Harold Feinstein

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Coney Island, Features, History, photography, The urban lens

Harold Feinstein

Born and raised in Coney Island, there was never a photographer better primed to capture the neighborhood’s vibrancy than Harold Feinstein. “I like to think I fell out of the womb on to the fun park’s giant Parachute Jump while eating a Nathan’s hot dog,” he told The Guardian in 2014, just before his passing in 2015. Indeed, Feinstein would take his first photo (using a Rolleiflex borrowed from a neighbor) at age 15 in 1946, beginning what would become an unwavering love affair with documenting the whizz, whirl and insatiable life that permeated his beachside locale. Although Feinstein would eventually move on to other subjects in various parts of New York City and the globe, over his nearly 70-year career he would always return to Coney Island for inspiration. “Coney Island was my Treasure Island,” he said.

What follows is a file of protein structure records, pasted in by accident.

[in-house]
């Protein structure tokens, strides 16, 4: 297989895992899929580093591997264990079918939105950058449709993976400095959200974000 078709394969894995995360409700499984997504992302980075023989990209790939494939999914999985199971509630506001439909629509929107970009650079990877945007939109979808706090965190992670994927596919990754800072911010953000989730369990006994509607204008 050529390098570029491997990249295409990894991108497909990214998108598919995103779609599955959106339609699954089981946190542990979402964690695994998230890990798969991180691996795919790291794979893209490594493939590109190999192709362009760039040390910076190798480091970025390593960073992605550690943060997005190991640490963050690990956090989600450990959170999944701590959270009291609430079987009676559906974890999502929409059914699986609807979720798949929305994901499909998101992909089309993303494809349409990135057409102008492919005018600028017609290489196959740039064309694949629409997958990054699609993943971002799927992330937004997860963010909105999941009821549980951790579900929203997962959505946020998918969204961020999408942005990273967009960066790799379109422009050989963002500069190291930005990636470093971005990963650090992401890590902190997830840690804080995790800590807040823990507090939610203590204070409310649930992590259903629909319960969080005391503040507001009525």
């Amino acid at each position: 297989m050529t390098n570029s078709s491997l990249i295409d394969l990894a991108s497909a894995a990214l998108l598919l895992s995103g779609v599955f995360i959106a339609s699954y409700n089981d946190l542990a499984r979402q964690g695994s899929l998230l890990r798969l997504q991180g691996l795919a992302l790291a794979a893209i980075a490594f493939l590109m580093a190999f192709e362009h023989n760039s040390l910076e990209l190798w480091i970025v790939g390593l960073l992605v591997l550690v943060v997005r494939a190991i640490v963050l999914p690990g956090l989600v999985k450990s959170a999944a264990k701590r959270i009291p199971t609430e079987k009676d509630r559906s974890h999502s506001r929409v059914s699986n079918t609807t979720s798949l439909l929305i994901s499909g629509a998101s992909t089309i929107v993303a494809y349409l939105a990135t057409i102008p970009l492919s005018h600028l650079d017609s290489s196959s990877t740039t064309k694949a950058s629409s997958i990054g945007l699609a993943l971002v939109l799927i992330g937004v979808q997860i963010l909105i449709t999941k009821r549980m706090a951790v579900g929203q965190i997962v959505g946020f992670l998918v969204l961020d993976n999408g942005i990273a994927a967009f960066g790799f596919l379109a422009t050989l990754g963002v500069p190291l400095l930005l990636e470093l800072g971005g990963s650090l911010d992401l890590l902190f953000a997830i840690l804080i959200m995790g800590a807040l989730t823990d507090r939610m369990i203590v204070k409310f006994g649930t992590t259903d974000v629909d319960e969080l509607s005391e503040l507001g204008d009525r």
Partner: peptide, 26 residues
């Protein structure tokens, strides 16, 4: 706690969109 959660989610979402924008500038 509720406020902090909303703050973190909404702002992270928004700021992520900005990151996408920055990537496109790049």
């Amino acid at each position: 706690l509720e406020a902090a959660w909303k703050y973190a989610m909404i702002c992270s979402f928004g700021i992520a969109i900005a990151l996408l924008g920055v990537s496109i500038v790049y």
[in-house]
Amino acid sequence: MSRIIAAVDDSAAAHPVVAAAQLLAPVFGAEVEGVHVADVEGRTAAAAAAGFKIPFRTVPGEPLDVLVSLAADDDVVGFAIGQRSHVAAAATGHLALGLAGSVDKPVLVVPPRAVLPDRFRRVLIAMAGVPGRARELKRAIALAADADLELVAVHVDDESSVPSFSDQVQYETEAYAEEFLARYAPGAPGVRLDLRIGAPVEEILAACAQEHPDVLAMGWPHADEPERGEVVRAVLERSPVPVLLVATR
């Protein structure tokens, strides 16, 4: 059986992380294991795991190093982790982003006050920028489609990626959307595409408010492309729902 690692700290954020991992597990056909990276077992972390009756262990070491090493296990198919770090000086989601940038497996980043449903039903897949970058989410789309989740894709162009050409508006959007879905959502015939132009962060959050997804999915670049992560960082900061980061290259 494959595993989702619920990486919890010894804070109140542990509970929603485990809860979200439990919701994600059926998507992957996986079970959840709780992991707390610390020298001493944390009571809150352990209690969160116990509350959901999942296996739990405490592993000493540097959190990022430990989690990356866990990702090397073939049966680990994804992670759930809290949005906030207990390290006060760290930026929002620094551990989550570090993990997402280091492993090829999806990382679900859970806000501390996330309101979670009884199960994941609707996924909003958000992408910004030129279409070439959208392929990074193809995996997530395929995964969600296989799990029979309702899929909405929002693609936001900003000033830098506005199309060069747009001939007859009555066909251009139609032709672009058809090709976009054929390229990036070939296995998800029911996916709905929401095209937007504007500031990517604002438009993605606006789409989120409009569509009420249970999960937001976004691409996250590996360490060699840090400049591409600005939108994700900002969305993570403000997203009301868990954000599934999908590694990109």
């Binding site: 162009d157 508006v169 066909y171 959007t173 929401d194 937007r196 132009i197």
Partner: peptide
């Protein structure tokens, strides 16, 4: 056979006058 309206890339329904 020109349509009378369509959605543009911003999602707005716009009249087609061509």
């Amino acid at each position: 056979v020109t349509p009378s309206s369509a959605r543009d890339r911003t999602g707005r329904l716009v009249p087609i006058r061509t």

Feinstein’s Coney Island photos cover more than five decades, but ultimately his 1940s and 1950s snapshots–those taken when he was just a teenager–would cement his status as one of the most important photographers recording life in post-war America. Ahead, the Harold Feinstein Photography Trust shares highlights from this collection.

see the photos here

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